COMMENTARY

Intraocular Pressure and Hemodialysis

Shuchi B. Patel, MD

Disclosures

March 17, 2014

Viewpoint

Given the significant number of patients on hemodialysis, it is important to analyze its effect on the progression of glaucoma, another entity that is common in a similar population.

This study addressed not only how dialysis affects IOP but also ocular perfusion pressure, which has been shown to be important in the progression of glaucoma. This is a unique aspect of this study, as opposed to the myriad previous studies correlating hemodialysis and IOP in which no definitive conclusion was reached. Some studies have suggested that IOP increases with hemodialysis,[1,2,3] whereas others have demonstrated no significant change in IOP, or even a reduction in IOP, with hemodialysis.[4,5,6,7,8,9]

One reason for the contradictory findings from different studies may be whether the hemodialysis patient has coexisting glaucoma and the mechanism of glaucoma. Patients without glaucoma may experience a reduction in IOP with hemodialysis, whereas those with glaucoma (particularly narrow angles) may experience an increase in IOP. This study seems to support the findings that those with glaucoma may be at higher risk for progressing because of an increase in IOP during and after hemodialysis.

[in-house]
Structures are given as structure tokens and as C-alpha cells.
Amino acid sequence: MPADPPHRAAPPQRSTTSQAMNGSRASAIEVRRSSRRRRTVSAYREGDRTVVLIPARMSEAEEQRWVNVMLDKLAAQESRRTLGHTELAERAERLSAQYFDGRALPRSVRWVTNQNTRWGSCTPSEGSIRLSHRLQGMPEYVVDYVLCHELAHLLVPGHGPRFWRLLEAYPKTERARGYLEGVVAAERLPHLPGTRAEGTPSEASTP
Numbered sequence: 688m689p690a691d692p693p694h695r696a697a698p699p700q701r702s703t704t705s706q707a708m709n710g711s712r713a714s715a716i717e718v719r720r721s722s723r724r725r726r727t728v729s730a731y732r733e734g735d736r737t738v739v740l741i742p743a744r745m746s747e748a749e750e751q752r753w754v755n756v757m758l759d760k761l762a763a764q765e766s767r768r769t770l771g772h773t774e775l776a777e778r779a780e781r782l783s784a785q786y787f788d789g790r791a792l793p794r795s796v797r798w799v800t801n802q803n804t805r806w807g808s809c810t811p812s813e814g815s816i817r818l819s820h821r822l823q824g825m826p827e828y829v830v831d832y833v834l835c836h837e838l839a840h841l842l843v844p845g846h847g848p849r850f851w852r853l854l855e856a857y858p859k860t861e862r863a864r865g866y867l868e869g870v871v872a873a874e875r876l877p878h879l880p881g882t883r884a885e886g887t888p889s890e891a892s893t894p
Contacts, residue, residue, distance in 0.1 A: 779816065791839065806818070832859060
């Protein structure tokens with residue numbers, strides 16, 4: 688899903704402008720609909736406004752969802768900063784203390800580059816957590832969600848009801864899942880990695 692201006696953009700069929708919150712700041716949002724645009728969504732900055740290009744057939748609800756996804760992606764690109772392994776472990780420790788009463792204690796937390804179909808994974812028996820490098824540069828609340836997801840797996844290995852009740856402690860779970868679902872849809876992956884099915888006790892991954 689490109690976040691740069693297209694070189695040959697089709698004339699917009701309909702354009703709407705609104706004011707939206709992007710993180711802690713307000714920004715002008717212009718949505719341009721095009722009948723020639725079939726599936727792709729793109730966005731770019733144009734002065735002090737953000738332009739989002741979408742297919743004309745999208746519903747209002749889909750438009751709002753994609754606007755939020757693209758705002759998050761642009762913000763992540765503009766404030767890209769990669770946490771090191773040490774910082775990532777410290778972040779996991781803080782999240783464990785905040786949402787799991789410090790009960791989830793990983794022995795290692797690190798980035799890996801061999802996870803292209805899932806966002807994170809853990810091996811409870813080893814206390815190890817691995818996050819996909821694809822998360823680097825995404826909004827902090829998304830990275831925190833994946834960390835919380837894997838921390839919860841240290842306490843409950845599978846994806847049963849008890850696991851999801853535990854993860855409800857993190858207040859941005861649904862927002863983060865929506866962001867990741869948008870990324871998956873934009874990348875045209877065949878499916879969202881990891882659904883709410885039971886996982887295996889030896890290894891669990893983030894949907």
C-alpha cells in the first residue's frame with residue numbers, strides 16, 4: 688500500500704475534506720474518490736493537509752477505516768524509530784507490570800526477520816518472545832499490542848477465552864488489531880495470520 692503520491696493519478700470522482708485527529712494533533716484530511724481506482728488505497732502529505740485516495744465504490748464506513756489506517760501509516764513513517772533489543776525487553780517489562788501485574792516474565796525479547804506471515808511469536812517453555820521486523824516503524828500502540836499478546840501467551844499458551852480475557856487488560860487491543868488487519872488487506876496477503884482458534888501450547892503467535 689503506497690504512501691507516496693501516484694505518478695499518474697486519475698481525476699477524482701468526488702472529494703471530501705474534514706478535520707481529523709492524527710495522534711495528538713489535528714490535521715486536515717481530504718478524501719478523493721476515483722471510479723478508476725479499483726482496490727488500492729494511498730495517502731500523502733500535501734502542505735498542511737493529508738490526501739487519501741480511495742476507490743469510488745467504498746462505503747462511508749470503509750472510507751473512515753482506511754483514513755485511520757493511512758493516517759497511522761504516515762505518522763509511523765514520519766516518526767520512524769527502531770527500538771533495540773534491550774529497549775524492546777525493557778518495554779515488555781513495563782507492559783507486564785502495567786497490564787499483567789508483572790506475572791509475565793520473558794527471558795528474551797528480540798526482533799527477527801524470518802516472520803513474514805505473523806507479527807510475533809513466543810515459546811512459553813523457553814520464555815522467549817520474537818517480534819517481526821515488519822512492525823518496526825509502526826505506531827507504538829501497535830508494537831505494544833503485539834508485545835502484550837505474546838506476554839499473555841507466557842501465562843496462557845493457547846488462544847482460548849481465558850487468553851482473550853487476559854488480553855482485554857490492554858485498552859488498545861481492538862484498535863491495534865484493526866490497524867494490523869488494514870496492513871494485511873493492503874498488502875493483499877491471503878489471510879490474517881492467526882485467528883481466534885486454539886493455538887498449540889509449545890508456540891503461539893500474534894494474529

The other important finding is the reduction in OPP with dialysis. This reduction, as well as the temporary increase in IOP, may explain why some patients with otherwise well-controlled IOP when measured in the clinic seem to still progress in terms of glaucomatous damage.

These findings and the difficulty in slowing progression in certain populations, especially patients on hemodialysis, suggest that further studies should be pursued. Studies examining specific subsets of patients should be the next step. Comparing the IOP and OPP in patients without glaucoma with those who have primary open-angle glaucoma, secondary open-angle glaucoma, low-tension glaucoma, or narrow angles/closed angles would provide useful information on the pathophysiology of why progression occurs with hemodialysis. Also, comparing patients with filtering surgery or laser surgery with those who have not had any intervention would provide important information for future treatment of patients with glaucoma who are on dialysis.

Abstract

Comments

3090D553-9492-4563-8681-AD288FA52ACE
Comments on Medscape are moderated and should be professional in tone and on topic. You must declare any conflicts of interest related to your comments and responses. Please see our Commenting Guide for further information. We reserve the right to remove posts at our sole discretion.

processing....